I am tired. Muscle, sinew, bone: I am depleted to my core. I am tired.
This time last year, I was tired too. Reading back on my diary tells me so. It helps to remind myself this is a patten, not a symptom. I am nature. Although not rooted, I am plant in human form, I have retreated into the soil to let the sap settle. I flop in a heap by six in the evening, fit only to watch mindless television. Worry not, I tell myself, this is a feature of winter’s end. Were I to push and cajole myself, I could do more, but this time of year does not push. In January, the hellebores cling close to the ground, the snowdrops break through by month’s end, a few yellow blooms on the witch hazel, and now, the end of February, the crocuses are up. All other growth is resting, gathering strength.
Re-think: I am not tired; I am gathering strength.
I am sleeping well these days. By well, I mean nine deep, long, sound hours. It’s odd how we crave sleep when sleep is, in essence, a little death, a suspension of life, an abandonment of action, without which we would have no life. The energy-restoring, life-giving properties of the daily death; that which reduces our lifespan by one third, yet, paradoxically, adds to our end date. Lulled by the darkness, we crawl towards it, draw ourselves around it, disappear into it.
The depressed sleep is a temporary cure from the torture of waking thoughts that blacken and deaden our mind and mood. To the grief-ridden bereaved, sleep is a place of kindness where the pain of loss dissolves to dreams or a blissful abyss of nothing. To she who is sick, sleep re-binds so we may re-bound. It can be as effective a cure as medicine: bleeds sweat from us; pushes us through hallucinogenic tunnels of sleep-suspended madness; breaks the fever. I am not depressed, I am not sick, I am no longer bereaved (having moved from acute to chronic to in remission), so my sleep is that of the winter hibernation, synchronised with nature.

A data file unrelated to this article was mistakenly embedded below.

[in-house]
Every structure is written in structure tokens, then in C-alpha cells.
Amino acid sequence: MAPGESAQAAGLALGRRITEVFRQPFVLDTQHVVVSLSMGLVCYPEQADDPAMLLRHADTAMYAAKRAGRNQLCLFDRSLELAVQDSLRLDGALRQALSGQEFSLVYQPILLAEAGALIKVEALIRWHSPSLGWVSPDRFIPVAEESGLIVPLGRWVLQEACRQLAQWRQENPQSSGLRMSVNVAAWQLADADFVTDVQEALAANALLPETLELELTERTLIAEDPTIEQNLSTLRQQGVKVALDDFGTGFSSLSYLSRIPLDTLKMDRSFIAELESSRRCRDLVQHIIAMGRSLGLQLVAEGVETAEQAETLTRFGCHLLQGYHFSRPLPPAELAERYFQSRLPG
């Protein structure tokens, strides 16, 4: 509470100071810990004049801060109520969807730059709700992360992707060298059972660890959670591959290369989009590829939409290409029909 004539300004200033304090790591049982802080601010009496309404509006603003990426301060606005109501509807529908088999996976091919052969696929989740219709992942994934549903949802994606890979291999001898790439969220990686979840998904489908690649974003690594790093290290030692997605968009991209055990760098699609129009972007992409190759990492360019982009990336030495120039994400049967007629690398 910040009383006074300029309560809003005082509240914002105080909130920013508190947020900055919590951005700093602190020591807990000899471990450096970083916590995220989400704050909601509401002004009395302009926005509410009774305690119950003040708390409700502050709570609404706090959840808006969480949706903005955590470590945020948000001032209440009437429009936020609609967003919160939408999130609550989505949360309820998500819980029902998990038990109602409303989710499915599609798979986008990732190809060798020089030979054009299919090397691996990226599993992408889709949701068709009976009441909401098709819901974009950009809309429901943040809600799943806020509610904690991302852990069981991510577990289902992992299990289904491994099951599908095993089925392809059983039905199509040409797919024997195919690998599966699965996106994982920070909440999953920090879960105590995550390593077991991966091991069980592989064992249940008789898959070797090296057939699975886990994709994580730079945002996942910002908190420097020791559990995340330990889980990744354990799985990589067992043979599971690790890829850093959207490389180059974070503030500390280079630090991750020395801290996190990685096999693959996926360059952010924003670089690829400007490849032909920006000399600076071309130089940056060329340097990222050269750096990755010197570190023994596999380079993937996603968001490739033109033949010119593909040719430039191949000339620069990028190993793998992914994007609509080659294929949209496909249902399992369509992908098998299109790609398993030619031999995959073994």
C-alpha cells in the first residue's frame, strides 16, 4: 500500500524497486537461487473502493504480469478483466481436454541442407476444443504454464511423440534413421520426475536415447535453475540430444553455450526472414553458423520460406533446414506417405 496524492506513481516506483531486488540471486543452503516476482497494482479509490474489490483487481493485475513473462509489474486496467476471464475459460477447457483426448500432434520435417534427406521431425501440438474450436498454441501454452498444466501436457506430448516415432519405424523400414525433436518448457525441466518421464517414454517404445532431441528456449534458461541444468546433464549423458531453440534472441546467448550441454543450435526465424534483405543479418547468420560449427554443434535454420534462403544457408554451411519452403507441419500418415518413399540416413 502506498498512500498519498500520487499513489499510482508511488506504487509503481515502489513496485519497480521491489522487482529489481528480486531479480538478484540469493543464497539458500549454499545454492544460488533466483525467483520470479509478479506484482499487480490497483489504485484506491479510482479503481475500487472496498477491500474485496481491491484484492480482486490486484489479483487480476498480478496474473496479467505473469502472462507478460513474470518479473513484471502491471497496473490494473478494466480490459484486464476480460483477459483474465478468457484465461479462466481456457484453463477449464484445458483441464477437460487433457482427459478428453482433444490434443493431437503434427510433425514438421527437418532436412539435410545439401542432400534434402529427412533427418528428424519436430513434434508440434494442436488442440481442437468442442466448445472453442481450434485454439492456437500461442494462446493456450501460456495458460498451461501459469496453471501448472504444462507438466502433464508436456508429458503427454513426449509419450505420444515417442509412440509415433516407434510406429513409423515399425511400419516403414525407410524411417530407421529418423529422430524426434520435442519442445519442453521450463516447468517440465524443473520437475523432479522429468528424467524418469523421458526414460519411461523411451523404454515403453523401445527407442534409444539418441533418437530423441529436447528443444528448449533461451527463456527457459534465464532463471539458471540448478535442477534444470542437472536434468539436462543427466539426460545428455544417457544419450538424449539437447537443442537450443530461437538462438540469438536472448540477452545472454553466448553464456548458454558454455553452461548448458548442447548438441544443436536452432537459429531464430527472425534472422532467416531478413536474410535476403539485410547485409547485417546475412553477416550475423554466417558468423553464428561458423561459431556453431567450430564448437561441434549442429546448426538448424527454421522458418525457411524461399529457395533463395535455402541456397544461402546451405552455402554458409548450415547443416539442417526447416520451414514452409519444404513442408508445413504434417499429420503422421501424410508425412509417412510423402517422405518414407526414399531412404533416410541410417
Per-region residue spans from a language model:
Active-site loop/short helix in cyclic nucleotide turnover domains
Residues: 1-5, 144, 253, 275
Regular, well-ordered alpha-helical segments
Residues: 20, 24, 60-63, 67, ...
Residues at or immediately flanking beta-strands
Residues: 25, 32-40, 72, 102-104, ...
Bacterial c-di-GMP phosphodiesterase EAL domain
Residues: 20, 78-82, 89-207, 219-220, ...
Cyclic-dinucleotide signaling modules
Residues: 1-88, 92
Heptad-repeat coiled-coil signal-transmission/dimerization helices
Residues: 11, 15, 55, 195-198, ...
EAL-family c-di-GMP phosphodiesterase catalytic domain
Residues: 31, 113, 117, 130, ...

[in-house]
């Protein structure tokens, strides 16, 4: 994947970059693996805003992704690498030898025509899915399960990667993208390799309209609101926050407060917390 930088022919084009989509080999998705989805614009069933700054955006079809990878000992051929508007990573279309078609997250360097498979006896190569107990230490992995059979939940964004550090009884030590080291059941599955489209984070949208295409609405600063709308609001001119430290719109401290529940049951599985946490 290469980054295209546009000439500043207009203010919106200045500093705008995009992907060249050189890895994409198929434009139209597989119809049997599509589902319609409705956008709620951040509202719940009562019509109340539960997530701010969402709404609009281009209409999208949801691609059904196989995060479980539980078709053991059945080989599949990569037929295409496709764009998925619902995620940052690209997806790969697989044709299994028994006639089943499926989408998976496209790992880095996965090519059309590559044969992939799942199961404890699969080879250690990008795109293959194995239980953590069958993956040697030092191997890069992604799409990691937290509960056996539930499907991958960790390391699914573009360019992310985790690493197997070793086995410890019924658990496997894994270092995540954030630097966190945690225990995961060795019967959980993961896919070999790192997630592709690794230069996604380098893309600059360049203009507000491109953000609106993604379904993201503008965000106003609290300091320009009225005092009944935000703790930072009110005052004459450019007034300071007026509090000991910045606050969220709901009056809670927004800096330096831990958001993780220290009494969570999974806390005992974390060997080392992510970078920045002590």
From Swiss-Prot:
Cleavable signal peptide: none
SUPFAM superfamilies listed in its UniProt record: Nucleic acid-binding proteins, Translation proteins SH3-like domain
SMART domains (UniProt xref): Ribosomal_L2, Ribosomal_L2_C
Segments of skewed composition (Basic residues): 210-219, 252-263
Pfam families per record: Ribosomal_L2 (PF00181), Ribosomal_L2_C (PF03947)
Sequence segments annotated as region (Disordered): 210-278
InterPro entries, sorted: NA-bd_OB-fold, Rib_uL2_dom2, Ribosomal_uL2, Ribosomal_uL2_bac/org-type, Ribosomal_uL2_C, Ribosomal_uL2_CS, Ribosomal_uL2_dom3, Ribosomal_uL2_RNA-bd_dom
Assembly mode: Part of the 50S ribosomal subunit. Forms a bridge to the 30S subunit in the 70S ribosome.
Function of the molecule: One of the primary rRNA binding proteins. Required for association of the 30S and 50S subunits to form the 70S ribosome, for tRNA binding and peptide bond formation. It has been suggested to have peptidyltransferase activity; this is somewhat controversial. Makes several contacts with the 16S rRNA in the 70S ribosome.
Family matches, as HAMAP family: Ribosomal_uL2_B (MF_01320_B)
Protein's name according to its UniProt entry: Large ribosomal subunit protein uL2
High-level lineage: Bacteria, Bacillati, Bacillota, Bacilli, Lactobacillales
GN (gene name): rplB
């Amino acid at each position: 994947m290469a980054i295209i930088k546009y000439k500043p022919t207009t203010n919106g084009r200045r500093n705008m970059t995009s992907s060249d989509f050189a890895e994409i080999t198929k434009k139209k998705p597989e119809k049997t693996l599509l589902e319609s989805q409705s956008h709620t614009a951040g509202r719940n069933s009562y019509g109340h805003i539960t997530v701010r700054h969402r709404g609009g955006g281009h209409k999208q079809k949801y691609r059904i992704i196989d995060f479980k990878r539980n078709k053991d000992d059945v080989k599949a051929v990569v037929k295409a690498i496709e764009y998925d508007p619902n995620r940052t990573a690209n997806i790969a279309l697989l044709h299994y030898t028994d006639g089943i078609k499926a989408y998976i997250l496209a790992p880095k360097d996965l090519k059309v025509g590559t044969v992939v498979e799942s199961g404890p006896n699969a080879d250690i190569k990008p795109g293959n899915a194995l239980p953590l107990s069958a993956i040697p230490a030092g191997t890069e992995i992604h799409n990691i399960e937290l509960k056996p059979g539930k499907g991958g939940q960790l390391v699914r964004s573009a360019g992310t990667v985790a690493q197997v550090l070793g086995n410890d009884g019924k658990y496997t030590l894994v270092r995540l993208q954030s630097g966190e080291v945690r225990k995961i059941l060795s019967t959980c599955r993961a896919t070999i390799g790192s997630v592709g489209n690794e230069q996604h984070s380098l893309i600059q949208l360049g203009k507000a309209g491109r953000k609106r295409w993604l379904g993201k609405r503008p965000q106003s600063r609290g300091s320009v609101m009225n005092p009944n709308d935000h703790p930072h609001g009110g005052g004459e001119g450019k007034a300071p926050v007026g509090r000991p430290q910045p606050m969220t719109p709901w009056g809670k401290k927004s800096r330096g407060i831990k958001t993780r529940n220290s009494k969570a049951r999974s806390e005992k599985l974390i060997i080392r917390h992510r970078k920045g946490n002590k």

A dearth of sleep is, for me, much worse than a dearth of food. The latter I can adjust to, the former is a form of slow torture. Without sleep, I decline each day, fold into myself, grow shorter and weaker. Less food strengthens me; any time I have gone on less for a long period – either through force of will or, more likely, some trauma that removes all appetite – the lightness brings a certain power to my body and mind, I feel sharper all over. But on the few occasions where sleep has evaded me for any length of time, it is horrifying. I enter the cycle where being so desirous of sleep is the very thing that dissolves it, and the longing and leaves me turning and turning in bed, my thoughts churning and churning, my head burning, sleep spurning.
Night night. Sleep tight.
5 thoughts on “Night Night, Sleep Tight”
Sleep has been evading me for the past five years. Please tell me how you are sleeping so soundly so that I may copy you, or at very least, worship in awe.
p.s. you going to this Sara Ahmed thing at Lighthouse?
I suspect it’s down to age, Meghan, and luckily, you’re well behind me in that regard. Hope to be there on 14th. x
What a lovely way of describing something essential in life.
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Sleep well pet x
Thanks Caitríona, and you too!